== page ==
First off, I would like to say thanks to Stephen Pale of the Neverends for this hint. Stephen Pale is an excellent guitarist, and has a great handle on music theory. His band is starting to get some gigs in the New Milford, New Jersey area, and you might want to check them out. =]
The Minor 7 Flat 5 (m7b5) chord, also known as the Half Diminished Seventh chord is a chord frequently used in jazz, mostly as the ii portion for the ii-V7-i progression in a minor scale, serving as a predominant of sorts.
Now for those who do not know what a Minor 7 Flat 5 looks like, it’s a diminished chord plus a minor seventh. A diminished chord is a minor chord, with the fifth of the triad flatted. For example, C minor is formed by C–Eb–G. A C diminished chord is formed by C–Eb–Gb, instead of a G. The minor seventh is the same seventh you would play on a Cm7, which is the Bb.
The quickest way to form the chord would be as such. We will use Cm7b5 as the example.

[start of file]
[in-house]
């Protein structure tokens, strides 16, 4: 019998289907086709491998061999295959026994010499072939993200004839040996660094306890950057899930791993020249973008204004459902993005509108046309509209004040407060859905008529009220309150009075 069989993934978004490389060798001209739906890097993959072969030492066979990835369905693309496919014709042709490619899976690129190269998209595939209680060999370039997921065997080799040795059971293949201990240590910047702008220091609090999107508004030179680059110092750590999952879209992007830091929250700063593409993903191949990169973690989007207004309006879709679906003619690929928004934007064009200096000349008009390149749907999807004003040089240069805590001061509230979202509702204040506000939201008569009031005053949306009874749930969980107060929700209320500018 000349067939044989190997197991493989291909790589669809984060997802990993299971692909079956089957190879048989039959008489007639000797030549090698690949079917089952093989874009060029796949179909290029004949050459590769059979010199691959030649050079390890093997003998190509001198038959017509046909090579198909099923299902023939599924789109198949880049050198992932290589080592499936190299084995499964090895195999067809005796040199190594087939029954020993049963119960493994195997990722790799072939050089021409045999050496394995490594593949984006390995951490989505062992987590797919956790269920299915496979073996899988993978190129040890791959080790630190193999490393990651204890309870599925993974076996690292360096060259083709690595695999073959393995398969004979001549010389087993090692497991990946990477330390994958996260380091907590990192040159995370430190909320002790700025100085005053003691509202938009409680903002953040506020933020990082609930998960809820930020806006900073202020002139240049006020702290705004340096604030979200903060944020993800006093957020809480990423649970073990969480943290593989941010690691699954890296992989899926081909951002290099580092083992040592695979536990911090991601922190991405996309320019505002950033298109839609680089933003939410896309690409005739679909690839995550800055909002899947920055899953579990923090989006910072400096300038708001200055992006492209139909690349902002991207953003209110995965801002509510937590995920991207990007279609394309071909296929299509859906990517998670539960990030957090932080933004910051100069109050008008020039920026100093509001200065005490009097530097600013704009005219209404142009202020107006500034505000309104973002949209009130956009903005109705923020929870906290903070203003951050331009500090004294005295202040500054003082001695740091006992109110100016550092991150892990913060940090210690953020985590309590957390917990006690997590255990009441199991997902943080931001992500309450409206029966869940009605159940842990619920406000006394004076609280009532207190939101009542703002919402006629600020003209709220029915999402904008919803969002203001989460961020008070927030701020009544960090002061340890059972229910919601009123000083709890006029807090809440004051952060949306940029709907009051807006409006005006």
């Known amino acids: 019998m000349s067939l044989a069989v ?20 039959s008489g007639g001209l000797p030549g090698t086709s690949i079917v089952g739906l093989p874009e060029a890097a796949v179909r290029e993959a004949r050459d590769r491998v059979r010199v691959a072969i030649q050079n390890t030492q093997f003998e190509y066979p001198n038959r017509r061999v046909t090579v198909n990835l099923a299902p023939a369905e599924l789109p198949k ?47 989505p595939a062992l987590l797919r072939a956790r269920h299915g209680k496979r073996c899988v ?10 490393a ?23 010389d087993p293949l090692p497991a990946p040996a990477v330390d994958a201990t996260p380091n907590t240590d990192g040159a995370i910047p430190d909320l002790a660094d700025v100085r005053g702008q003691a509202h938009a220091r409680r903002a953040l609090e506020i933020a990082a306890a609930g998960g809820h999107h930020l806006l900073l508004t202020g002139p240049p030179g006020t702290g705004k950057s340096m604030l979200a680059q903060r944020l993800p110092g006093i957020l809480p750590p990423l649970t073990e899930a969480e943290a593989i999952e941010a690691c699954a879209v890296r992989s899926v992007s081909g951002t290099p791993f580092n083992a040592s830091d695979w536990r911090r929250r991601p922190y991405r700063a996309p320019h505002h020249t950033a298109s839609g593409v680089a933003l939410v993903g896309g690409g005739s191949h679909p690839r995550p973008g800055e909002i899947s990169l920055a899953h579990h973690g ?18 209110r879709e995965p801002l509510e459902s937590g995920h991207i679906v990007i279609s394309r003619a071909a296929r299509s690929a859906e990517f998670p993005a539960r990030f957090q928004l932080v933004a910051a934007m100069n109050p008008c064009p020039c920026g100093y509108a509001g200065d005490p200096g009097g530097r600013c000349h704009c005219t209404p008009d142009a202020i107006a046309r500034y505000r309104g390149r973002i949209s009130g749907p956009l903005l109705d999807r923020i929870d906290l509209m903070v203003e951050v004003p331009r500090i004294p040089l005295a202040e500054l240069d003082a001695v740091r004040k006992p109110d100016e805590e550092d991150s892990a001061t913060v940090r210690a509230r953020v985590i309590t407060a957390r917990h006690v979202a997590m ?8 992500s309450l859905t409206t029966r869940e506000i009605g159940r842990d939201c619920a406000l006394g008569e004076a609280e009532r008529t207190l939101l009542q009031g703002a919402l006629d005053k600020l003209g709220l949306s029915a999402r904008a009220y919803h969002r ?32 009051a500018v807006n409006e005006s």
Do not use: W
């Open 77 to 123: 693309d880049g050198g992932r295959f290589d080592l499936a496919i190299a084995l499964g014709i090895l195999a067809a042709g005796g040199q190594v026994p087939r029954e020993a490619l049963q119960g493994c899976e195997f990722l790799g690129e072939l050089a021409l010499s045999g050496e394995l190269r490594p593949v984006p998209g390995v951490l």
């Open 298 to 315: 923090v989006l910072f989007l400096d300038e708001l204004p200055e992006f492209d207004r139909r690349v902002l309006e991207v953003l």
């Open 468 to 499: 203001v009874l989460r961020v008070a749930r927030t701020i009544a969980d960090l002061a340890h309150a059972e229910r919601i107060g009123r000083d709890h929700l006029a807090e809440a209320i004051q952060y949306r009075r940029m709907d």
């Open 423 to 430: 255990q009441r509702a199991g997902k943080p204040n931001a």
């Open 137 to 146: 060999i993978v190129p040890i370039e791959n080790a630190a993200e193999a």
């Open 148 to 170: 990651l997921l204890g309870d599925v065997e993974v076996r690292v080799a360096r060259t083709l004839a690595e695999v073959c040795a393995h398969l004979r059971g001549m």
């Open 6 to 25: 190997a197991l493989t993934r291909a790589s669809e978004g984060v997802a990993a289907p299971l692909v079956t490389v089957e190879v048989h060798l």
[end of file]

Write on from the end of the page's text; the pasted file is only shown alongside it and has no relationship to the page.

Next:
1. Start with a C.
2. Use the next note as if you were forming the minor chord triad. In this case, an Eb, as a Cm triad is C–Eb–G.
3. Starting with the note in step 2 (Eb for this example), create its minor chord triad. Ebm would be formed as Eb–Gb–Bb.
4. Voila, your Cm7b5 chord is C–Eb–Gb–Bb.
Personally, I feel this makes it easier to think of the chord on the fly when playing piano. Your left hand would play the first note, then your right hand would play the minor chord in step 3. A Cm7b5 is the equivalent of Ebm/C, which may make it easier for some folks to visualize. A Bm7b5 would be Dm/B. An Am7b5 would be a Cm/A, etc.
So hopefully this makes for a good mnemonic device. It should help you make those minor scale 2-5-1’s a little quicker. =]
More to come.